You don’t have to worry about rib breathing all the time. But, the more you practice it, the more you will create a supple, mobile rib cage. Then it will naturally participate more in your breathing. Which means naturally less pressure on your pelvic floor.

#5 Do some pelvic floor-friendly exercises every day.

The exercises that I teach not only help you learn to move better, they are all generally geared towards creating whole body wellness.

Your pelvic floor is basically ground-zero for movement-related damage.

For instance, there is a strong possibility that if you’re not moving your shoulders enough, your pelvic floor is going to be impacted (due to the fact that shoulders tightness affects your breathing and your core).

And likewise, that if you’re not moving your feet enough, your pelvic floor is going to suffer (because your feet affect your walking and your hips).

I could go on. But the general idea is this: YOUR PARTS ARE ALL CONNECTED.

Working on all your parts is usually going to end up being more helpful than only trying to do the ‘top 3 pelvic floor exercises’ or whatever. It doesn’t have to be overwhelming. Here are some ways to get some really beneficial exercises without them taking over your entire life.

#1 I’ve given you links to a lot of exercises in this post. You could make a list and just work on 1-3 of them every day.

#2 I have a YouTube channel where I regularly post great exercises and tips. Follow me there for lots of ideas.

#2 Get any book by Katy Bowman and work on 3-5 of her exercises every day. Move Your DNA is a great one with lots of pelvic floor goodness, but so is Diastasis Recti and Whole Body Barefoot. Any of them are good options.

#3 Join my Take10 movement coaching program and get a new 10-minute class every week, plus loads of support, community and fun bonuses!

#4 Check out the Nutritious Movement virtual store and working through the Healthy Pelvis download, the Alignment Snacks or any of the other classes offered there.

#6 Let go of tension in your pelvic floor

Simply unclenching your butt can be a game changer.

If you happen to be a butt clencher, which many of us are.

You might not even know if you are butt clencher!

Often we can be a bit disconnected from our bodies. Often, it takes time and practice to be able to notice tension, and more practice to learn to release it. Plus, the way we stand can create hidden butt clenching – that’s a big reason that moving your hips back is so important.

Try some gentle self-massage of your pelvic floor (and yes, I know how that sounds, but I really do mean massage) by using Yoga Tune Up Balls. You can use an old tennis ball too, but I much prefer the YTU balls if you can afford them.

Be gentle, back off if it hurts, and use it as an opportunity to be kind to yourself.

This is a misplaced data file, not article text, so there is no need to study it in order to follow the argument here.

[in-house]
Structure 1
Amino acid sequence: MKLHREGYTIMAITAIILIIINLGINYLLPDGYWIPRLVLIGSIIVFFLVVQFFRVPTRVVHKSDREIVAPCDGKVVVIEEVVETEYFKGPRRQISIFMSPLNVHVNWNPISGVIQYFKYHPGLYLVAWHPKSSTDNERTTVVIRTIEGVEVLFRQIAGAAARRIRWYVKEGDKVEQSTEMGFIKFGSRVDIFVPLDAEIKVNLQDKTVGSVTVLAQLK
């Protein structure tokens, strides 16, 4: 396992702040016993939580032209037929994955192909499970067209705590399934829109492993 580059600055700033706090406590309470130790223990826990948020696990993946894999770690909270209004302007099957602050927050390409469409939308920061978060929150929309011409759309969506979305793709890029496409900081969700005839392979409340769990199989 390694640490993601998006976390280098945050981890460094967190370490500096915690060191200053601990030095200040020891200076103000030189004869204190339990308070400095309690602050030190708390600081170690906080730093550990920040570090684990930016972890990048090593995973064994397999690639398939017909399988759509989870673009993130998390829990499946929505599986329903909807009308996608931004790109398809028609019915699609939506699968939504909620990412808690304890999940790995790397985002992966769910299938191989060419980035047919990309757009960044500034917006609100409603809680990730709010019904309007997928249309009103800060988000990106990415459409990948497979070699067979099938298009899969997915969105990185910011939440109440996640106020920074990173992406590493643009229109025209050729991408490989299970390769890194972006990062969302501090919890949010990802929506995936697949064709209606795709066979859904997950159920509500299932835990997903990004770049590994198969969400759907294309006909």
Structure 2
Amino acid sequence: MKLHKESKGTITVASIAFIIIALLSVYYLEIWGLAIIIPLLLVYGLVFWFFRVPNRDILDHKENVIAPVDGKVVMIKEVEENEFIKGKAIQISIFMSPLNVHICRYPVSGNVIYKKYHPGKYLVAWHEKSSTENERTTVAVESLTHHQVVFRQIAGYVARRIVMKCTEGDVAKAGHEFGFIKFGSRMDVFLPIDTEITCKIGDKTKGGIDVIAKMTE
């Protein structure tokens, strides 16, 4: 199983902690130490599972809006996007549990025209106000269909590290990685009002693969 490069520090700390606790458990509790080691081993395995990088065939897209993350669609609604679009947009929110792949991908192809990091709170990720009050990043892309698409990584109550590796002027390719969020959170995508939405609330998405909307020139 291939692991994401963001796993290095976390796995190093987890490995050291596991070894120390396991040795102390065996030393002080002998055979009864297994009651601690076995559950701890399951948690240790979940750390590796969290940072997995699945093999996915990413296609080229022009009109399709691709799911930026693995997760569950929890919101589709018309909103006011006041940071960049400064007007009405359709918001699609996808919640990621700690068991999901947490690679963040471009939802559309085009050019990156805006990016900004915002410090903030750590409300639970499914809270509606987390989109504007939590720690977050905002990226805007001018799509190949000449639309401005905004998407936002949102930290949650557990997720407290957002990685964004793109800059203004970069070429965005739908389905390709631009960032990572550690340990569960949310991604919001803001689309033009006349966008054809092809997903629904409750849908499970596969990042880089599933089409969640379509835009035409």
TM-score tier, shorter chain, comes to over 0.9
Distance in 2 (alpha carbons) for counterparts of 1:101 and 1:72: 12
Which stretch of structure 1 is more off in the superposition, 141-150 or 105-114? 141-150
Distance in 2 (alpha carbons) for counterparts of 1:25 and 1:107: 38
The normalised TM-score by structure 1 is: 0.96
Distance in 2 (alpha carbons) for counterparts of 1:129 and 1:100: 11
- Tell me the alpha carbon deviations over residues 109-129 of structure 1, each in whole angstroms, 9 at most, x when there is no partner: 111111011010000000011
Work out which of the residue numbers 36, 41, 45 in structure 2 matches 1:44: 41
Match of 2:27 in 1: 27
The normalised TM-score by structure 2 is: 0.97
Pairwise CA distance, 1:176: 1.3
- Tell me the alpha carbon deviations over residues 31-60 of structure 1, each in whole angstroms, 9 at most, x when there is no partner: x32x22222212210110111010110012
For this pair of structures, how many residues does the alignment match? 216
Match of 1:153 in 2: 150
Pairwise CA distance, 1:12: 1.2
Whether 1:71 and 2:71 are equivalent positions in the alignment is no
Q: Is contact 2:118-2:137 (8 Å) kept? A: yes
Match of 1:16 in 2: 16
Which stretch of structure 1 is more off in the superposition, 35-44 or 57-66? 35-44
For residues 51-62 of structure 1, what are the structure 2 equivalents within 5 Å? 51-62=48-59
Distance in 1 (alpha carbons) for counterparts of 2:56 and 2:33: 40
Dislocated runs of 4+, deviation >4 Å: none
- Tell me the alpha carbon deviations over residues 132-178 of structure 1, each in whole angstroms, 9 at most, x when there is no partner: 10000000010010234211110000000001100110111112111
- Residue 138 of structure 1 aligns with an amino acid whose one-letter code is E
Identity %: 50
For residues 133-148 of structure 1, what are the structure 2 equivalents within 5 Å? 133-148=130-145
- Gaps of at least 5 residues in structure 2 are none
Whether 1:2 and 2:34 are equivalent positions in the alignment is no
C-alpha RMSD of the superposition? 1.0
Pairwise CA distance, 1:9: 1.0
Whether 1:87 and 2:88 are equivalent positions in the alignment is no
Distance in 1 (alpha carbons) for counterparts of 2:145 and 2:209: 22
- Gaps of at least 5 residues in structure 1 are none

Here’s one self-release option you can try – I’d recommend starting by sitting on a softer surface such as a folded blanket before you try a harder one.

in Jill Miller’s book, The Roll Model Method, you’ll find lots of techniques for rolling the hips, belly, lower back and the pelvic floor itself – it’s a great resource and I definitely recommend it.

#7 Consider seeing a pelvic floor physio

If you’re in a lot of pain or have a prolapse, a good pelvic floor PT can be a really good idea. Even if your pelvic floor issues aren’t that serious, it can still be a good idea.

A pelvic floor physio will typically provide manual, internal and external therapy work that can be extremely helpful. They often will also teach you to do exercises that are targeted to your unique pelvic floor and body.

That said, I personally have resolved my pelvic floor stuff without any physio work. And I believe that it’s really important to address the whole body movement part. Seeing a physio but still sitting all the time and wearing high heels is not likely to give you the long term results that you want.

So that’s basically how you fix your pelvic floor

Everyone’s body and life is unique. But you can absolutely fix your pelvic floor issues if you try. Remember to not get overwhelmed. Start with small easy wins. Stay committed. And be kind to yourself.

What step do you think you can take TODAY to start helping your pelvic floor? Tell me in the comments below!

Hi! I’m Petra.

Movement coach
Your body has the potential to feel amazing and work better at every age. I'm here to help you learn to move better so that you can find your natural resilience, strength, and long term wellness.
Expert movement tips

Petra is a movement educator and personal trainer with a passion for helping people find greater ease, joy and health in their bodies. She believes that better movement can help every body – and she’s always happy to chat about it. When she’s not teaching, you’ll probably find her hanging out on a set of monkey bars.